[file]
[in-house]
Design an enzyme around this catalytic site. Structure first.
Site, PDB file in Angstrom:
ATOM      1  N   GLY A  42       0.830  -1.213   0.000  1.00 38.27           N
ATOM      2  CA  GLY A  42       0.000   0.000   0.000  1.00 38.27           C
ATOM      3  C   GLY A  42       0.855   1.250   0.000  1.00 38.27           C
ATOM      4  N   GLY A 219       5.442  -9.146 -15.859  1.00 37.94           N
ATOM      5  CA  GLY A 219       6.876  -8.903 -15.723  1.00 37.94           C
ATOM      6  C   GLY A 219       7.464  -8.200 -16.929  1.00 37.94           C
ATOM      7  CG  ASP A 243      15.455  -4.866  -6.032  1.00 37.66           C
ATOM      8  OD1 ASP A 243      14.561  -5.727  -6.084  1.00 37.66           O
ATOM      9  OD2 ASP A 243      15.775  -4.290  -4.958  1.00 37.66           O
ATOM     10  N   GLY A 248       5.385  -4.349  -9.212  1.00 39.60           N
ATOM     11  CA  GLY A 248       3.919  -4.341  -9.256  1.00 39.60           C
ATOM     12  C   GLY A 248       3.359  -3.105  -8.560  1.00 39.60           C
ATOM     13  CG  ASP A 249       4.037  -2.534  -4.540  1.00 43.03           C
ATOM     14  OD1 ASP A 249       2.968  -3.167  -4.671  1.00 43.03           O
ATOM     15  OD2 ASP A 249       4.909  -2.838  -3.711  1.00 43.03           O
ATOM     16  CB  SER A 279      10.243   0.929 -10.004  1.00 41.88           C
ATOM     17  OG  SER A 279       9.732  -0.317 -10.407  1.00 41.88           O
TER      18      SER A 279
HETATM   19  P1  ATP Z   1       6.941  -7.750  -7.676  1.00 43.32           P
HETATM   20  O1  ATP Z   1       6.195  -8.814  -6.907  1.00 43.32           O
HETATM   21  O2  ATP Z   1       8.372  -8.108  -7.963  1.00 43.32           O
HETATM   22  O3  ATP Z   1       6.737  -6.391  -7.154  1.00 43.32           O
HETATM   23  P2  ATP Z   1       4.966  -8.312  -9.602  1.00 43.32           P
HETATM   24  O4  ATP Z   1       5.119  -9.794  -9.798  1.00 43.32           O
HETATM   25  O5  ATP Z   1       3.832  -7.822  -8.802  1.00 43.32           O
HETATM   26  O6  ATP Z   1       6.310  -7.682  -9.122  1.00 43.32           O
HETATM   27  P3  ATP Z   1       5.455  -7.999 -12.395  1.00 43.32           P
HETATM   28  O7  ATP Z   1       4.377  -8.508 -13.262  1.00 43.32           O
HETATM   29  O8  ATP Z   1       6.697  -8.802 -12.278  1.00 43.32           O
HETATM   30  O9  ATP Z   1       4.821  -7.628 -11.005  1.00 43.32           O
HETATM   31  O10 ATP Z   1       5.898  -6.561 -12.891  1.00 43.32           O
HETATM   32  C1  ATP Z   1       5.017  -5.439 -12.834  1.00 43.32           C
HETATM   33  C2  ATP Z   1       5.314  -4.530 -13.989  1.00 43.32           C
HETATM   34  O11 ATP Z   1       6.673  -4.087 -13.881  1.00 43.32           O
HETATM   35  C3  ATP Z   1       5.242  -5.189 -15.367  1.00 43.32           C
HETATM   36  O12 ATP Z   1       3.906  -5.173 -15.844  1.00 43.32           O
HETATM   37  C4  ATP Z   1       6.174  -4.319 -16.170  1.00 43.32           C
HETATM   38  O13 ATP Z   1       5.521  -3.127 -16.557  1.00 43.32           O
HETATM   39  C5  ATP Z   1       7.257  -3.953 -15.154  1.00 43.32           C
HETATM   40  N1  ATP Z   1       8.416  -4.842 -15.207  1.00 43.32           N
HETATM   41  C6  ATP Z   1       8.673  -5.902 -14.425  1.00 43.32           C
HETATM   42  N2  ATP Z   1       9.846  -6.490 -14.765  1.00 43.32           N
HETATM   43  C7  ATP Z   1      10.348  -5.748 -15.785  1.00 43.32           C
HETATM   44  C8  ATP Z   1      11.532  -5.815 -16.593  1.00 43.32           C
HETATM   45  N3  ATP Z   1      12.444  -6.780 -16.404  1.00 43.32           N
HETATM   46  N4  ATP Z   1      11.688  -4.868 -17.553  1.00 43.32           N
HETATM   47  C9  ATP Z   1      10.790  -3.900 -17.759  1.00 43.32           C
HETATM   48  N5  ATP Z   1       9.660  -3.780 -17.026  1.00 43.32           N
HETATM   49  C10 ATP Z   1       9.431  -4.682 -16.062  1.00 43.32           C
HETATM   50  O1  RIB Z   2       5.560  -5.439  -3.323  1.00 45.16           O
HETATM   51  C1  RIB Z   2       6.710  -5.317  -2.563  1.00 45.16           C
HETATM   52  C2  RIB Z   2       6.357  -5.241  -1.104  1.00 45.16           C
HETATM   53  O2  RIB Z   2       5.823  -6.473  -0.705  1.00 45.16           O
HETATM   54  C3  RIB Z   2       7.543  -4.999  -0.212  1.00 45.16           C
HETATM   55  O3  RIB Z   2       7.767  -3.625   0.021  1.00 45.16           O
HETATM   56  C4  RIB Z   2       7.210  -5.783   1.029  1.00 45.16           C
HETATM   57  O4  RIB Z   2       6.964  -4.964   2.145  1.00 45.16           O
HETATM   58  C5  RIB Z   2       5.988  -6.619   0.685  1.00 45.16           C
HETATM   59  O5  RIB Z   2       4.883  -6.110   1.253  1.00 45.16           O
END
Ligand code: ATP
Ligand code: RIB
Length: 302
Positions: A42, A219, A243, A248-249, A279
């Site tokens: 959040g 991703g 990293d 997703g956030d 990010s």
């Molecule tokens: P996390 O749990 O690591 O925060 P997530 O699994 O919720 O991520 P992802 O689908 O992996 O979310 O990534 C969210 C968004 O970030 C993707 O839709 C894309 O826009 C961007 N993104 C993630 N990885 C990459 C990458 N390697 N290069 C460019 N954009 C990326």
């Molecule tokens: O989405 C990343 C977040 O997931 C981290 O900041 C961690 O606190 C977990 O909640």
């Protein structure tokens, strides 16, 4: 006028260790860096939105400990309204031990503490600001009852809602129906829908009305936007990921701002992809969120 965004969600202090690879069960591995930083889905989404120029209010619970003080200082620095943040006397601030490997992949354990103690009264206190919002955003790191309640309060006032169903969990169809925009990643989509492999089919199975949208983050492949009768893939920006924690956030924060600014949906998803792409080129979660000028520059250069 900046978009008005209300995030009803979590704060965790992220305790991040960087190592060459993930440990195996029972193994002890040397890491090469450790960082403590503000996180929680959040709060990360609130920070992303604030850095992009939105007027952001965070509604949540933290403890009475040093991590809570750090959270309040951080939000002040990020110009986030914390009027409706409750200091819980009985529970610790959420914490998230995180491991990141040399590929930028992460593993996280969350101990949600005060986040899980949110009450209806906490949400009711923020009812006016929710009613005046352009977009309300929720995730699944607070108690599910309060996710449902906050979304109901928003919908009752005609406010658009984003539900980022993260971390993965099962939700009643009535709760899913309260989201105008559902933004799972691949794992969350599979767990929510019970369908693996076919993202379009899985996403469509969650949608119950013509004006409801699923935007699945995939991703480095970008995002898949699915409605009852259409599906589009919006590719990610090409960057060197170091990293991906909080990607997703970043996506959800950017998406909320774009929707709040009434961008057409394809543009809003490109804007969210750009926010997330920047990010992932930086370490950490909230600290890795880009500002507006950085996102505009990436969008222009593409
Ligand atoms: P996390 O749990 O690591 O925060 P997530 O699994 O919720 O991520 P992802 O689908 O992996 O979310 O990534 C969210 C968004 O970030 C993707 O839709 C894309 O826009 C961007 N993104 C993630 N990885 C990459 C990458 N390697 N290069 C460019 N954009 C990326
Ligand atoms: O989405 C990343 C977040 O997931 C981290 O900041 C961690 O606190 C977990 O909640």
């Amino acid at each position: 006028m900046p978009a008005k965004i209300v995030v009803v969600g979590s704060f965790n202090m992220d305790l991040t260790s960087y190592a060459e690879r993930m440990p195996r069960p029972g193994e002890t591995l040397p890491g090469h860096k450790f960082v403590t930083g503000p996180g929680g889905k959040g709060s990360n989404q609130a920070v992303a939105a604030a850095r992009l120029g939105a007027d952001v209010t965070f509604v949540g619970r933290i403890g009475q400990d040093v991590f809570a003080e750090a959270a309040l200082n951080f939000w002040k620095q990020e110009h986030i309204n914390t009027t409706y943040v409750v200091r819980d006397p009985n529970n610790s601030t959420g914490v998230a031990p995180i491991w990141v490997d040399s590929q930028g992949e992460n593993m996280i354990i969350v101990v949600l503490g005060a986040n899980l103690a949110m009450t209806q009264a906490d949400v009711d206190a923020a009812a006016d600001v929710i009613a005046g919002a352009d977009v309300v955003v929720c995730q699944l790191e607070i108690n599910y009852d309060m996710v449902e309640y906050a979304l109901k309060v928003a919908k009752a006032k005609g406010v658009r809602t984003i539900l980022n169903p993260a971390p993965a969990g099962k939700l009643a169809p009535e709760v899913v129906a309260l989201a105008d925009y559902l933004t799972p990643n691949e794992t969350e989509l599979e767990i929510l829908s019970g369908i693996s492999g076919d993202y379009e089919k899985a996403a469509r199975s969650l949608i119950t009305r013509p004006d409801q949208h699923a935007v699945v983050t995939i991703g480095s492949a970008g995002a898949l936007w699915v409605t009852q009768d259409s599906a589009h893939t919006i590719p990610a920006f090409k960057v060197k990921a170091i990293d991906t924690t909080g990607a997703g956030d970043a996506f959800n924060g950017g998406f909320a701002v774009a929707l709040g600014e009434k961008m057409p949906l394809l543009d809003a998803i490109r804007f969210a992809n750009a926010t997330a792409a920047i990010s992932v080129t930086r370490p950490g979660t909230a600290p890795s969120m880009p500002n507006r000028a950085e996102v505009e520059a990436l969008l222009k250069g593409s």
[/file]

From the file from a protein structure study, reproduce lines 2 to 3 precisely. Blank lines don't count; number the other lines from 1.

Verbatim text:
Design an enzyme around this catalytic site. Structure first.
Site, PDB file in Angstrom: